Opinion Advocates for ideas and draws conclusions based on the author/producer’s interpretation of facts and data.
By Brian McGowan
Our final installment in the “Women of Ireland” series, Kathleen Lynn, did not carry a gun, as the bulk of our other subjects had. Instead, she carried a medical kit.
Writer Mary Thorpe, in https://celticlifeintl.com, labels her “one of the great Irish humanitarians of the 20th century.”
Born Jan. 28, 1874, in County Mayo, Lynn was distantly related to Countess Markiewicz, another of our recent subjects, and grew up in the same privileged environment. Her family was Protestant, and her father, Robert Young Lynn, was a Church of Ireland clergyman. Despite being members of the Anglo-Irish aristocracy, Lynn’s family were engrained with compassion for the masses, who suffered greatly during Kathleen’s life, whether in rural Ireland or urban Dublin.
At 16 she knew what she wanted to be – a physician. She studied first in England and Germany, and then returned to Ireland where she enrolled in the Royal University of Ireland, now the University College (Dublin) School of Medicine. In 1899, at 25, she became one of its first female graduates. She promptly left for America, accompanied by her close friend, Madeleine ffrench-Mullen. She remained there for 10 years, and learned as much as she could about American hospital practices.
Unable to secure a hospital position upon her return to Ireland, she struck out on her own and set up a physician’s practice in Rathmines, where she and Madeleine lived. Her efforts were finally rewarded in 1910 when she became the first female Irish doctor employed in a hospital.
But medicine was not her only passion. With a thirst for social reform and justice, she became involved in the women’s suffrage movement; the Irish labor movement (where she became a close friend of the Irish socialist and revolutionary James Connolly); and, at Connolly’s urging, the Irish Nationalist movement.
By the time of the 1916 Rising, she was a captain and chief medical officer in the Irish Citizen Army, to whose members she taught first aid classes. During the Rising, she personally directed rebel medical operations at Dublin’s City Hall, prior to its recapture by the British.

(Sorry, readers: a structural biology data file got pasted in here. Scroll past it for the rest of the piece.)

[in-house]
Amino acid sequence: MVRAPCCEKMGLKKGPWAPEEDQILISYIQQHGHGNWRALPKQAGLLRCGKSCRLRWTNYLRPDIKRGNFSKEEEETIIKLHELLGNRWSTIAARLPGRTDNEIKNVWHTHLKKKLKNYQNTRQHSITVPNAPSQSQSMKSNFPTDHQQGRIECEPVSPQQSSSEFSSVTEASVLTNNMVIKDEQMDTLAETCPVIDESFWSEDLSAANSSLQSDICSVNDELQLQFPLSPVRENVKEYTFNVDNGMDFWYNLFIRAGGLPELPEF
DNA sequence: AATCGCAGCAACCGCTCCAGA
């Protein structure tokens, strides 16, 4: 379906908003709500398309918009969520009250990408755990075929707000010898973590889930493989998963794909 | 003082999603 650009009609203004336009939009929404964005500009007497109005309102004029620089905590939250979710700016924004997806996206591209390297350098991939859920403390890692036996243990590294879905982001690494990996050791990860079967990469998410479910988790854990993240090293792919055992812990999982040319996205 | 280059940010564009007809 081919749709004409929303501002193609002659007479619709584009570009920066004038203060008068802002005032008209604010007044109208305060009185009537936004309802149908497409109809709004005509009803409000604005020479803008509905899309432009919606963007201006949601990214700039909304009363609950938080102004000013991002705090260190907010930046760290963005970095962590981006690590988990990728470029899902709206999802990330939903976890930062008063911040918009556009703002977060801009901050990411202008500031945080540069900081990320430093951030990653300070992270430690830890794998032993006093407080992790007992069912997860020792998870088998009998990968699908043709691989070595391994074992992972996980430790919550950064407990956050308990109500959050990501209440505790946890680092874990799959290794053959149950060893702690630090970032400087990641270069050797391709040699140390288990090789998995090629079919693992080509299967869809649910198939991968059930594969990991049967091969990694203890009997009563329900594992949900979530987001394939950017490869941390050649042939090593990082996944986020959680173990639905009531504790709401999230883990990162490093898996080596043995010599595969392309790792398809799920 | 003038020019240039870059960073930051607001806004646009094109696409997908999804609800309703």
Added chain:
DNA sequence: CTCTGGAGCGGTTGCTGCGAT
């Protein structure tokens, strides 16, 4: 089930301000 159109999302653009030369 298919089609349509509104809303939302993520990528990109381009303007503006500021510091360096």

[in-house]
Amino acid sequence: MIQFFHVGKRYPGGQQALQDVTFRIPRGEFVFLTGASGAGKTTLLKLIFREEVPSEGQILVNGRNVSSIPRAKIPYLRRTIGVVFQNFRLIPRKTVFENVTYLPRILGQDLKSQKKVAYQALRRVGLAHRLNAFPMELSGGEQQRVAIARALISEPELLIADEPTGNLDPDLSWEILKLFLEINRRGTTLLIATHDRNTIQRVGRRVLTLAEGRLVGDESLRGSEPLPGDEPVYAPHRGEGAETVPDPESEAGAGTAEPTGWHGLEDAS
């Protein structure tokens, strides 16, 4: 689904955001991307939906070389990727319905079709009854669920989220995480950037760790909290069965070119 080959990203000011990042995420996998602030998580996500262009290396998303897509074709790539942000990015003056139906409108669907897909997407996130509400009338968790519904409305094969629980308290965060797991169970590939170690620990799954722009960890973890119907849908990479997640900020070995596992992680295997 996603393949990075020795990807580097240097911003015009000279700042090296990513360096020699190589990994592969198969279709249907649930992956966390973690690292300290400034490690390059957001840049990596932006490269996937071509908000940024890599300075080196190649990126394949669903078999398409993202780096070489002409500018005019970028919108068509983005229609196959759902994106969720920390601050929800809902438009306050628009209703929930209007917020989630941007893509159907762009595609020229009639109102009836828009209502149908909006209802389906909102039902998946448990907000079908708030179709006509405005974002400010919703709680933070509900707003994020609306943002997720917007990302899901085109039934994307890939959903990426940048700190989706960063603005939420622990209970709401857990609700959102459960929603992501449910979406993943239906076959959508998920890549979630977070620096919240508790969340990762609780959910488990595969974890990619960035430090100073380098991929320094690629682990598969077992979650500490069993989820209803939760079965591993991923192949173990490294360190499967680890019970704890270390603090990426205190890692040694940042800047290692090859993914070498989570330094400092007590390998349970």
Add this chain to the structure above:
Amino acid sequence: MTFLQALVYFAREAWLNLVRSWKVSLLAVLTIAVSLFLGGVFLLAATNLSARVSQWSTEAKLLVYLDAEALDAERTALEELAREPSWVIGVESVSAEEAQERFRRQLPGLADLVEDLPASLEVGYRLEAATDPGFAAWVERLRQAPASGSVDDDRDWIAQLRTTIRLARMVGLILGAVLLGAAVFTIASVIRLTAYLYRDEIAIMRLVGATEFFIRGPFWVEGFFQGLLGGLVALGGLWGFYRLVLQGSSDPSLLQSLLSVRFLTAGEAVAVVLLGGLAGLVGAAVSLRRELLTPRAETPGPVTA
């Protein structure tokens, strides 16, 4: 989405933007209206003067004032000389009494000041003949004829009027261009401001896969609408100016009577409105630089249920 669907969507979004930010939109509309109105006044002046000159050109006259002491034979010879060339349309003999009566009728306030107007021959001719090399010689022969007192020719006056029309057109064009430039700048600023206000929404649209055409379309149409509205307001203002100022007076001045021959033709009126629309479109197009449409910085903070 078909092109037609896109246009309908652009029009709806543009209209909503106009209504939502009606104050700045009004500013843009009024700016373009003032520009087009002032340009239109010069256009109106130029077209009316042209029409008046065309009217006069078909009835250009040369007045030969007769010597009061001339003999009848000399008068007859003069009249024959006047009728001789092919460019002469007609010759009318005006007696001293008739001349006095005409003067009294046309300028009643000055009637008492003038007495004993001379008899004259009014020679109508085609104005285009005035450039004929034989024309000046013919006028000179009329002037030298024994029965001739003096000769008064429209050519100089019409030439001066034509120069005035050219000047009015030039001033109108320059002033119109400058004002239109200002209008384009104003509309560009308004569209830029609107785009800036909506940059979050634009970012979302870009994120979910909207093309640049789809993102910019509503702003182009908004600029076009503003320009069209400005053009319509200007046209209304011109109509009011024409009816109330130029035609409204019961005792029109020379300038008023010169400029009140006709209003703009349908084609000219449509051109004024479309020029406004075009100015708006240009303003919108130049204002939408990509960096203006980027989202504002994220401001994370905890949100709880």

Dr. Lynn was arrested and sent to Kilmainham Gaol. Released, she continued her involvement in politics during the Anglo-Irish War and the subsequent Irish Civil War. She rose to a leadership position in the Sinn Féin (Ourselves Alone) party, where she hoped to introduce greater emphasis on community healthcare.
She simultaneously agitated for the creation of a municipal hospital concentrating on providing services to the women and children of Dublin, the majority of whom lived in abject poverty and fear of one of the number one killers of the day – tuberculosis. Other common maladies included syphilis, then widespread among Dublin’s poor, and malnutrition.
Infant mortality was another scourge, with Ireland having the highest rate in all of Europe. Her efforts resulted in the establishment of Saint Ultan’s Hospital, which opened in 1919. It was the only hospital in Ireland managed and staffed solely by women. Thus, it offered an environment in which the typical Irish woman of the time would feel far more comfortable in as she sought treatment for ailments that might make them objects of shame and derision, no matter how unfair that characterization might be.
By the late 1920s, it became apparent that the Irish political scene would not be particularly receptive to Dr. Lynn’s aims. Issues of gender and probable sexual orientation stymied her goal of providing modern medical treatment to all the women and children of Ireland.
Despite the continued opposition of the male-dominated Irish medical establishment, Dr. Lynn continued tirelessly in her labors for the poor and oppressed, dispensing quality medical care, conducting research into the causes of tuberculosis and ultimately managing widescale vaccination against this major killer.
A sharp reduction in the disease is credited to her work, which continued until the day she died, aged 81, on Sept. 14, 1955. In recognition of her contribution to Ireland, she was given a funeral with full military honors and is widely recognized today as an outstanding “Woman of Ireland.”
Longtime Pleasantville resident Brian McGowan was born and raised in the Bronx and is a second-, third- and fifth-generation Irish-American/Canadian, as his immigrant ancestors followed several paths to the New World. Reach him at firstname.lastname@example.org. He is the author of two books, “Thunder at Noon,” about the Battle of Waterloo, and “Love, Son John,” about World War II. Both are available at Amazon.com.
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